Collaborative Models and Capacity in Civil Society
Meet Joe. Joe has a criminal record and struggles with employment as a result. Joe and his family have experienced poverty, food insecurity, unstable housing, drug addiction and mental health issues over the years. Joe and his family rely on several non-profit organizations and receive some assistance and essential supports. Unfortunately, the economic downturn has also taken a toll on the very charities and agencies that help.
For the thousands of Alberta families like Joe’s who are experiencing difficult times and who rely on social agencies for help, this is a perilous time. It is estimated that up to 20 per cent of Alberta’s charities could disappear due to the financial hardships brought on by the pandemic. Agencies and organizations in the civil society sector have been challenged for decades. Complex traditional funding models and constraints to collaboration have caused many non-profit organizations to strain to fulfil their missions, or worse – stay afloat.
The Canada West Foundation has launched a project to examine the civil society sector. Civil society includes non-profit and voluntary organizations, registered charities, community groups or social movements that pursue shared interests or values and private-sector organizations and individuals pursuing social good. We aim to determine gaps and overlaps in the sector and develop models and tools to strengthen the infrastructure that supports civil society, enhance collaboration and enable more efficient and effective service delivery to Albertans in need. The project is funded by the Alberta Ministry of Community and Social Services.
The Canada West Foundation is conducting research to better understand mergers and other collaborative efforts in civil society to provide an in-depth analysis of the barriers and success factors that affect organizational and systemic collaboration. A rubric to provide organizations with insight on methods of collaboration and those models that are best suited to their specific situation is in development.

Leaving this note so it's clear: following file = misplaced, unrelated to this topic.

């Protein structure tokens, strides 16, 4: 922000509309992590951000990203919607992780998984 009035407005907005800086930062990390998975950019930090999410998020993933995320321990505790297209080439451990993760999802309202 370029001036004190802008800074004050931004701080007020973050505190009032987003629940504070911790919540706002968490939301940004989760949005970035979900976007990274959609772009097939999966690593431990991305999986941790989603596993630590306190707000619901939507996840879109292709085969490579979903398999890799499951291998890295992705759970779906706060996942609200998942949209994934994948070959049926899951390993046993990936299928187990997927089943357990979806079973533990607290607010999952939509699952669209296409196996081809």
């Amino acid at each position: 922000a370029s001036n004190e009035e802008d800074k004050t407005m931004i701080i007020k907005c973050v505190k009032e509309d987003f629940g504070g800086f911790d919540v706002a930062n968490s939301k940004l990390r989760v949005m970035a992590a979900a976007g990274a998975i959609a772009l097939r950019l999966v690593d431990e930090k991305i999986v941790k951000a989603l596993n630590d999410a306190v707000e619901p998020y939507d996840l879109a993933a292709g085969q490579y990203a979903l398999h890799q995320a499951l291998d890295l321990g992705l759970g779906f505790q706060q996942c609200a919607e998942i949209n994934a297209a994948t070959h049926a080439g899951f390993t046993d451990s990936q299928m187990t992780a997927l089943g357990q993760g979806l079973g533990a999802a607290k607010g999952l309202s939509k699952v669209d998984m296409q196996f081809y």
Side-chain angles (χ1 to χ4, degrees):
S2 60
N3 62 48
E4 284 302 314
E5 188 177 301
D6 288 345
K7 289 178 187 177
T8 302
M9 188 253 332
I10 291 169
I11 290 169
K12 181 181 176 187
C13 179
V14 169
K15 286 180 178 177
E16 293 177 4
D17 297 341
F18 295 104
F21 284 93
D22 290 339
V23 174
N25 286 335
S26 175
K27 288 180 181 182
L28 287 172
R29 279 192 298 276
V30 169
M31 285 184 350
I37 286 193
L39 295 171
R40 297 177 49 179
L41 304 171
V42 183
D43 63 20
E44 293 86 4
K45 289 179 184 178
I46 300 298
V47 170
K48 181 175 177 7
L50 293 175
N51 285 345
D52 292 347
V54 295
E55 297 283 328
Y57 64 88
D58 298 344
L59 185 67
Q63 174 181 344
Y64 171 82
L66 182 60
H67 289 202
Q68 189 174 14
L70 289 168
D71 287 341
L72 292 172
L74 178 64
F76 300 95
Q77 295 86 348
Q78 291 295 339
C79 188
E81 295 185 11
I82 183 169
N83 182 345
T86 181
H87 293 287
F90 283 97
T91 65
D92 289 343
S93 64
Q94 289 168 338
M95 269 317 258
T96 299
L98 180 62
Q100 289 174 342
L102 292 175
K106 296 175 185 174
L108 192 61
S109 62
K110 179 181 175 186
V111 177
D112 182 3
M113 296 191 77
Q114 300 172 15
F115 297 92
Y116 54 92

The terrain for civil society changes rapidly. Organizations need practical tools that can be used to assess their current situation and make necessary changes under this shifting landscape. Therefore, the Canada West Foundation has partnered with several subject matter experts to build and/or adapt tools to help organizations identify internal operational and collaborative capacities.
Traditional funding models are often program-based and not sustainable. They are restrictive and can prevent non-profit organizations from fulfilling the full extent of their mission, making it harder to provide comprehensive services that meet community needs. When the government wants to build a bridge, it negotiates a contract with a private contractor and the company is paid for the agreed-upon outcomes. Could government and non-profit interactions be more like this? This project examines examples of outcomes procurement being used elsewhere in Canada and the world, and its value in the Alberta context.
CWF will publish articles and reports on these topics as the project progresses, so stay tuned!